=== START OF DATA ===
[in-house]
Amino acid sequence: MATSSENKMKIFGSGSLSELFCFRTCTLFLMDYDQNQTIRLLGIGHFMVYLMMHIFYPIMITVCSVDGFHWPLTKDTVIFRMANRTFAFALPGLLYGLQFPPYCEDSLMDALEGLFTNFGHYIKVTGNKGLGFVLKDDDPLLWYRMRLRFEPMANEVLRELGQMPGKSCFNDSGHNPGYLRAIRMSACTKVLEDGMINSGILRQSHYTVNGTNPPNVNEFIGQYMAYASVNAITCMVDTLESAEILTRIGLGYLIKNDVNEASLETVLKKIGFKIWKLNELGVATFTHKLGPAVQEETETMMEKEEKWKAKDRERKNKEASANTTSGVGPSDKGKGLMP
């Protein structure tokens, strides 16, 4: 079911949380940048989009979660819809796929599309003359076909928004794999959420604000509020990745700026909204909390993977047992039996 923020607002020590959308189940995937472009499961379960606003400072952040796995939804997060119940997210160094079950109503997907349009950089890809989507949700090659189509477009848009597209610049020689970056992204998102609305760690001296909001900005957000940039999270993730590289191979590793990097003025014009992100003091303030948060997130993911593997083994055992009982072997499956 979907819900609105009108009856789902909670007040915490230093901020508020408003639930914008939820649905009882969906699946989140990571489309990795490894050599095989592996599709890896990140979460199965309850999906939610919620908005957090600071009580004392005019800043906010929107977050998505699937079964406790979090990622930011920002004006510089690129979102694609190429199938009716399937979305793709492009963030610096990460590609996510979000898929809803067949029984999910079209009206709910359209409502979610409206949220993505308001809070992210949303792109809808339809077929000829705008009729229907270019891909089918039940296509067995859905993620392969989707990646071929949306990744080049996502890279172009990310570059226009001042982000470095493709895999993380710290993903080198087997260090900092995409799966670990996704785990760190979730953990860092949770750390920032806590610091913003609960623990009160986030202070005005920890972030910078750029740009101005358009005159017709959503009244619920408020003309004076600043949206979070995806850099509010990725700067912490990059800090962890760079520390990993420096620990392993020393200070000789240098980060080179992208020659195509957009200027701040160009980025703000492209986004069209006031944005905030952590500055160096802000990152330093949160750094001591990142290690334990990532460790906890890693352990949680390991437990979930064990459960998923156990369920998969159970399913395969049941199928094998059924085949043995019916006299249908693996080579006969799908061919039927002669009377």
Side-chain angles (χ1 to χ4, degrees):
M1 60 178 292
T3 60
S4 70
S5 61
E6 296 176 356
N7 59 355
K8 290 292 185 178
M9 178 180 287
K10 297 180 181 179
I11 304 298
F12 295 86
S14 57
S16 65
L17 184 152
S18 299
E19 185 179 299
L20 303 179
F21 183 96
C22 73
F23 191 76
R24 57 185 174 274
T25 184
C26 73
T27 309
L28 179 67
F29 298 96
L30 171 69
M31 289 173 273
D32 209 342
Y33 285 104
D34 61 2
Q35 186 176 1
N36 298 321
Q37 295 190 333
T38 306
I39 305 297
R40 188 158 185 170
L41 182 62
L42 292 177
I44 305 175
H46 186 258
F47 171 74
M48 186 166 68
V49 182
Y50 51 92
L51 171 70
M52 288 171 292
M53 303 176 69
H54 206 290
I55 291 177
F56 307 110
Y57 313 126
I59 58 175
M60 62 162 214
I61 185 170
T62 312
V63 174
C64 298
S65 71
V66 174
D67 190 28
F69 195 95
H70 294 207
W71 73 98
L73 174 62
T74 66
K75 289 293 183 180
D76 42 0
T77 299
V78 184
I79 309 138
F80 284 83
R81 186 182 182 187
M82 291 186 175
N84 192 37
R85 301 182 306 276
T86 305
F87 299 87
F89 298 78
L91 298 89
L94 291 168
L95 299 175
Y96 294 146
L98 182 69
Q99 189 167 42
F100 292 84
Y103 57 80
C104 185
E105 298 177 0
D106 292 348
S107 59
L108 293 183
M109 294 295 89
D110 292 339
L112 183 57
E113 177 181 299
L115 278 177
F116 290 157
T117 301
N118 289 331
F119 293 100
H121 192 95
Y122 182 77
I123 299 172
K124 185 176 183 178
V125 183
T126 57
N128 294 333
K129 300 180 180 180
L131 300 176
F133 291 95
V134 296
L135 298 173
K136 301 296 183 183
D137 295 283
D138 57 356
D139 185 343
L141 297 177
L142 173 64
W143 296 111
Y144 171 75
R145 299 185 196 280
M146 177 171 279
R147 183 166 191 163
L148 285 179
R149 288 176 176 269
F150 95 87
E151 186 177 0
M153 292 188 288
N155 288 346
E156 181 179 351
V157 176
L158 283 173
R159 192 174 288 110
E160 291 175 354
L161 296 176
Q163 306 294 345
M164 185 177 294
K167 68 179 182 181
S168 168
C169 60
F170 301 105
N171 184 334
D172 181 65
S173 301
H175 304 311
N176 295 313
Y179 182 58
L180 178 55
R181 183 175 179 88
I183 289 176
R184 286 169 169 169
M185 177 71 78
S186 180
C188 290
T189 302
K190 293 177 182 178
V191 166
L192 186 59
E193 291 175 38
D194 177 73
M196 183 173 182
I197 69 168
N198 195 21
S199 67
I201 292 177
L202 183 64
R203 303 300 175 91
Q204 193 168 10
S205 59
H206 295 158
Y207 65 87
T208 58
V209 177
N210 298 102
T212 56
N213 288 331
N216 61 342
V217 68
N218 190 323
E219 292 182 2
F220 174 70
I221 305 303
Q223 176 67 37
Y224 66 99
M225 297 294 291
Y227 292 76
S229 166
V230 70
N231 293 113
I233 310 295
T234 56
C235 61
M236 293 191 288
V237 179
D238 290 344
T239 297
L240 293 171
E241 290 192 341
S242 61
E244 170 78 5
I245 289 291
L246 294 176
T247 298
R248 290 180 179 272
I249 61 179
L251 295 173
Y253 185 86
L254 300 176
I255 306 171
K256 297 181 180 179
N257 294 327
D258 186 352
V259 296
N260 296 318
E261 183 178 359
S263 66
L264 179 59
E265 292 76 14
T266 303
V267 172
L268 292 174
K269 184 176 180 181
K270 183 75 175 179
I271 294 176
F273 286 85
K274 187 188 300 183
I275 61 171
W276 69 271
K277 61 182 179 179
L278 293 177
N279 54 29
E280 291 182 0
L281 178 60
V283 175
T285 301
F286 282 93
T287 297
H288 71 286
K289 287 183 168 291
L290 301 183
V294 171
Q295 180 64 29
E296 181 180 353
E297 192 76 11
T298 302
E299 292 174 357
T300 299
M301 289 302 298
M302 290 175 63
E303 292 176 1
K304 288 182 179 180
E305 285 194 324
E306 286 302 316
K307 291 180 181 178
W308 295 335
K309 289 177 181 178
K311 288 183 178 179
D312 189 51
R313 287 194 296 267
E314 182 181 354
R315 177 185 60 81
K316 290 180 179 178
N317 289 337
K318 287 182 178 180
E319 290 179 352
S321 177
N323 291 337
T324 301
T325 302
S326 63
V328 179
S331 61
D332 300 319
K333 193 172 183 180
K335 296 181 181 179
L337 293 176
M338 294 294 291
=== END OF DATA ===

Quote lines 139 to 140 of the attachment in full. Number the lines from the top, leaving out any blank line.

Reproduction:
E160 291 175 354
L161 296 176